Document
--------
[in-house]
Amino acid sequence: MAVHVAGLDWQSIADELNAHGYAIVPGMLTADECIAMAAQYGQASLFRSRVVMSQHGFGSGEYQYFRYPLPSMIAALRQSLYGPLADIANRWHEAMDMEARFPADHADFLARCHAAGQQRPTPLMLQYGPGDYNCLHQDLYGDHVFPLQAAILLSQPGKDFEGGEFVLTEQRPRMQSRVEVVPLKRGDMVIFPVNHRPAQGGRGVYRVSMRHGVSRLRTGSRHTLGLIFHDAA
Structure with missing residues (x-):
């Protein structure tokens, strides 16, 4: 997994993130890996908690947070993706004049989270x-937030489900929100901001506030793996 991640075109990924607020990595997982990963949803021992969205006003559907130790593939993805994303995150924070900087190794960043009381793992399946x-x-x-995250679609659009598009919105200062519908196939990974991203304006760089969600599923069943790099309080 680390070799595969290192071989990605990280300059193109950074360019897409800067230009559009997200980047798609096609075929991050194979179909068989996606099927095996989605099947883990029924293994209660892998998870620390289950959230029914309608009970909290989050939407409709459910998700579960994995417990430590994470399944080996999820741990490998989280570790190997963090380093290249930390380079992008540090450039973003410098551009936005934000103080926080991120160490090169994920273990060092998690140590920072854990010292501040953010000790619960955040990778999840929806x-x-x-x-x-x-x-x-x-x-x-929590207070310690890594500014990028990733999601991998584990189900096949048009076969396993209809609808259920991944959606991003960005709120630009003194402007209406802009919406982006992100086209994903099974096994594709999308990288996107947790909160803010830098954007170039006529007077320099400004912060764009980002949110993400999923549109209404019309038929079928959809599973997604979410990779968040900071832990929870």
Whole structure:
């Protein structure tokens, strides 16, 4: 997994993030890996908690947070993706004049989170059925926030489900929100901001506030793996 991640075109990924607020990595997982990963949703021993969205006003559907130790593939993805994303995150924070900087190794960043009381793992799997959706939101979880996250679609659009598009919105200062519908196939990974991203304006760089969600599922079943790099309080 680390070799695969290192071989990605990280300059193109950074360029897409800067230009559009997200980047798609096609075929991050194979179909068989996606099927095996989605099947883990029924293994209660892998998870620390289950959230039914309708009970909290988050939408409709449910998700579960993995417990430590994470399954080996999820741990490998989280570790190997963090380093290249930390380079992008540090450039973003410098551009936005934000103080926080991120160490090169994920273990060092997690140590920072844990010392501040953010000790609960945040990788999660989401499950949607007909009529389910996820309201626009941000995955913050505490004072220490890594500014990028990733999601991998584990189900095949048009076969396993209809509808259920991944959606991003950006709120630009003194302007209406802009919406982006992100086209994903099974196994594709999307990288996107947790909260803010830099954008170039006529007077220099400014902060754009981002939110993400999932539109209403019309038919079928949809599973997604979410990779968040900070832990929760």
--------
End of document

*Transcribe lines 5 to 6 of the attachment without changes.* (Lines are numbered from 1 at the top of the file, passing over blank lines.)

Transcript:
Whole structure:
């Protein structure tokens, strides 16, 4: 997994993030890996908690947070993706004049989170059925926030489900929100901001506030793996 991640075109990924607020990595997982990963949703021993969205006003559907130790593939993805994303995150924070900087190794960043009381793992799997959706939101979880996250679609659009598009919105200062519908196939990974991203304006760089969600599922079943790099309080 680390070799695969290192071989990605990280300059193109950074360029897409800067230009559009997200980047798609096609075929991050194979179909068989996606099927095996989605099947883990029924293994209660892998998870620390289950959230039914309708009970909290988050939408409709449910998700579960993995417990430590994470399954080996999820741990490998989280570790190997963090380093290249930390380079992008540090450039973003410098551009936005934000103080926080991120160490090169994920273990060092997690140590920072844990010392501040953010000790609960945040990788999660989401499950949607007909009529389910996820309201626009941000995955913050505490004072220490890594500014990028990733999601991998584990189900095949048009076969396993209809509808259920991944959606991003950006709120630009003194302007209406802009919406982006992100086209994903099974196994594709999307990288996107947790909260803010830099954008170039006529007077220099400014902060754009981002939110993400999932539109209403019309038919079928949809599973997604979410990779968040900070832990929760």